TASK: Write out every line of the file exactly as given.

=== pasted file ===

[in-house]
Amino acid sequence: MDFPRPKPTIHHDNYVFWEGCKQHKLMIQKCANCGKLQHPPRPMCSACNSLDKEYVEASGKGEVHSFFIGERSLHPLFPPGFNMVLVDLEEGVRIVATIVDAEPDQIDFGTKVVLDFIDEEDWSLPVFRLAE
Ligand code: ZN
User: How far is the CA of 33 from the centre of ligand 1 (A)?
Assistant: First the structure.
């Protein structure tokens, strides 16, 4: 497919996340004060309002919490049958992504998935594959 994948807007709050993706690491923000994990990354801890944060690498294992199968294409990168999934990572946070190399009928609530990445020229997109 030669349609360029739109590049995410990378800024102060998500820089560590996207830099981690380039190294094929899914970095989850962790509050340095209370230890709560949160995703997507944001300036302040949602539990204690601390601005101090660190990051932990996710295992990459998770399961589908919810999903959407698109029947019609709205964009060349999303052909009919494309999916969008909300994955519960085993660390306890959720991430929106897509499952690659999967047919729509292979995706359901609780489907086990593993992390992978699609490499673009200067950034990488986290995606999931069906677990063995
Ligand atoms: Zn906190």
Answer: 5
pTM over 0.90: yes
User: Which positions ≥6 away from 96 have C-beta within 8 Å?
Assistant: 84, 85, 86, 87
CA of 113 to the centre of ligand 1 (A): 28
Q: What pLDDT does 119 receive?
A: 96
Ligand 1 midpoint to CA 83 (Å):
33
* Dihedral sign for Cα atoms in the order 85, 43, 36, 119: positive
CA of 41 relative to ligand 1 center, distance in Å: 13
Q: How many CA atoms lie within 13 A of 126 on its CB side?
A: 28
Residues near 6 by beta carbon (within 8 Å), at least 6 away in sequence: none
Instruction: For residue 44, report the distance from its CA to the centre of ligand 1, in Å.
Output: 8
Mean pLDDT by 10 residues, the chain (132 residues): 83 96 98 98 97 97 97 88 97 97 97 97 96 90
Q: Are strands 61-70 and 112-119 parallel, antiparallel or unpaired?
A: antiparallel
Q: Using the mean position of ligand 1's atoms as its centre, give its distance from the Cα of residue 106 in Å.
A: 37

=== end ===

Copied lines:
[in-house]
Amino acid sequence: MDFPRPKPTIHHDNYVFWEGCKQHKLMIQKCANCGKLQHPPRPMCSACNSLDKEYVEASGKGEVHSFFIGERSLHPLFPPGFNMVLVDLEEGVRIVATIVDAEPDQIDFGTKVVLDFIDEEDWSLPVFRLAE
Ligand code: ZN
User: How far is the CA of 33 from the centre of ligand 1 (A)?
Assistant: First the structure.
């Protein structure tokens, strides 16, 4: 497919996340004060309002919490049958992504998935594959 994948807007709050993706690491923000994990990354801890944060690498294992199968294409990168999934990572946070190399009928609530990445020229997109 030669349609360029739109590049995410990378800024102060998500820089560590996207830099981690380039190294094929899914970095989850962790509050340095209370230890709560949160995703997507944001300036302040949602539990204690601390601005101090660190990051932990996710295992990459998770399961589908919810999903959407698109029947019609709205964009060349999303052909009919494309999916969008909300994955519960085993660390306890959720991430929106897509499952690659999967047919729509292979995706359901609780489907086990593993992390992978699609490499673009200067950034990488986290995606999931069906677990063995
Ligand atoms: Zn906190």
Answer: 5
pTM over 0.90: yes
User: Which positions ≥6 away from 96 have C-beta within 8 Å?
Assistant: 84, 85, 86, 87
CA of 113 to the centre of ligand 1 (A): 28
Q: What pLDDT does 119 receive?
A: 96
Ligand 1 midpoint to CA 83 (Å):
33
* Dihedral sign for Cα atoms in the order 85, 43, 36, 119: positive
CA of 41 relative to ligand 1 center, distance in Å: 13
Q: How many CA atoms lie within 13 A of 126 on its CB side?
A: 28
Residues near 6 by beta carbon (within 8 Å), at least 6 away in sequence: none
Instruction: For residue 44, report the distance from its CA to the centre of ligand 1, in Å.
Output: 8
Mean pLDDT by 10 residues, the chain (132 residues): 83 96 98 98 97 97 97 88 97 97 97 97 96 90
Q: Are strands 61-70 and 112-119 parallel, antiparallel or unpaired?
A: antiparallel
Q: Using the mean position of ligand 1's atoms as its centre, give its distance from the Cα of residue 106 in Å.
A: 37